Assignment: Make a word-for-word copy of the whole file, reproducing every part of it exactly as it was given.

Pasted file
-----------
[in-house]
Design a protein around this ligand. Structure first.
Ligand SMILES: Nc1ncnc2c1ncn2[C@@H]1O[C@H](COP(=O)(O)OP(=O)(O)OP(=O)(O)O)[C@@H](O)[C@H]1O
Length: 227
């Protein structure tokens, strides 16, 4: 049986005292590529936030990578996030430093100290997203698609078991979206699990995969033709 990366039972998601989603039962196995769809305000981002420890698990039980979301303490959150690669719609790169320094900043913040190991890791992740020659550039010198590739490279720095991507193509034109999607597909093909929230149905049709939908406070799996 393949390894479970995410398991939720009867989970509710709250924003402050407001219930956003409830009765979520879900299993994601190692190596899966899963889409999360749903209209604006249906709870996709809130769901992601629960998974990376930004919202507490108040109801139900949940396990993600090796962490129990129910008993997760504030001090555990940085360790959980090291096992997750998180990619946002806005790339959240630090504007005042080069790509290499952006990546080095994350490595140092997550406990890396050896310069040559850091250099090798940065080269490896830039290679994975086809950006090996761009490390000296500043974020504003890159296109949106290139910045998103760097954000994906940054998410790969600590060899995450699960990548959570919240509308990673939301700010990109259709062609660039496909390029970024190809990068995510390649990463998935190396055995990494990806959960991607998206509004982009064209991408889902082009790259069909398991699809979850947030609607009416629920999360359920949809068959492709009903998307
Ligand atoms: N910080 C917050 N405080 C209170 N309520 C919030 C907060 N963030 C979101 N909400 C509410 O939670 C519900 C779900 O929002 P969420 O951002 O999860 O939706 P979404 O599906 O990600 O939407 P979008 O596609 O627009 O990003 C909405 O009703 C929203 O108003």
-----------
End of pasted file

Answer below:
[in-house]
Design a protein around this ligand. Structure first.
Ligand SMILES: Nc1ncnc2c1ncn2[C@@H]1O[C@H](COP(=O)(O)OP(=O)(O)OP(=O)(O)O)[C@@H](O)[C@H]1O
Length: 227
């Protein structure tokens, strides 16, 4: 049986005292590529936030990578996030430093100290997203698609078991979206699990995969033709 990366039972998601989603039962196995769809305000981002420890698990039980979301303490959150690669719609790169320094900043913040190991890791992740020659550039010198590739490279720095991507193509034109999607597909093909929230149905049709939908406070799996 393949390894479970995410398991939720009867989970509710709250924003402050407001219930956003409830009765979520879900299993994601190692190596899966899963889409999360749903209209604006249906709870996709809130769901992601629960998974990376930004919202507490108040109801139900949940396990993600090796962490129990129910008993997760504030001090555990940085360790959980090291096992997750998180990619946002806005790339959240630090504007005042080069790509290499952006990546080095994350490595140092997550406990890396050896310069040559850091250099090798940065080269490896830039290679994975086809950006090996761009490390000296500043974020504003890159296109949106290139910045998103760097954000994906940054998410790969600590060899995450699960990548959570919240509308990673939301700010990109259709062609660039496909390029970024190809990068995510390649990463998935190396055995990494990806959960991607998206509004982009064209991408889902082009790259069909398991699809979850947030609607009416629920999360359920949809068959492709009903998307
Ligand atoms: N910080 C917050 N405080 C209170 N309520 C919030 C907060 N963030 C979101 N909400 C509410 O939670 C519900 C779900 O929002 P969420 O951002 O999860 O939706 P979404 O599906 O990600 O939407 P979008 O596609 O627009 O990003 C909405 O009703 C929203 O108003």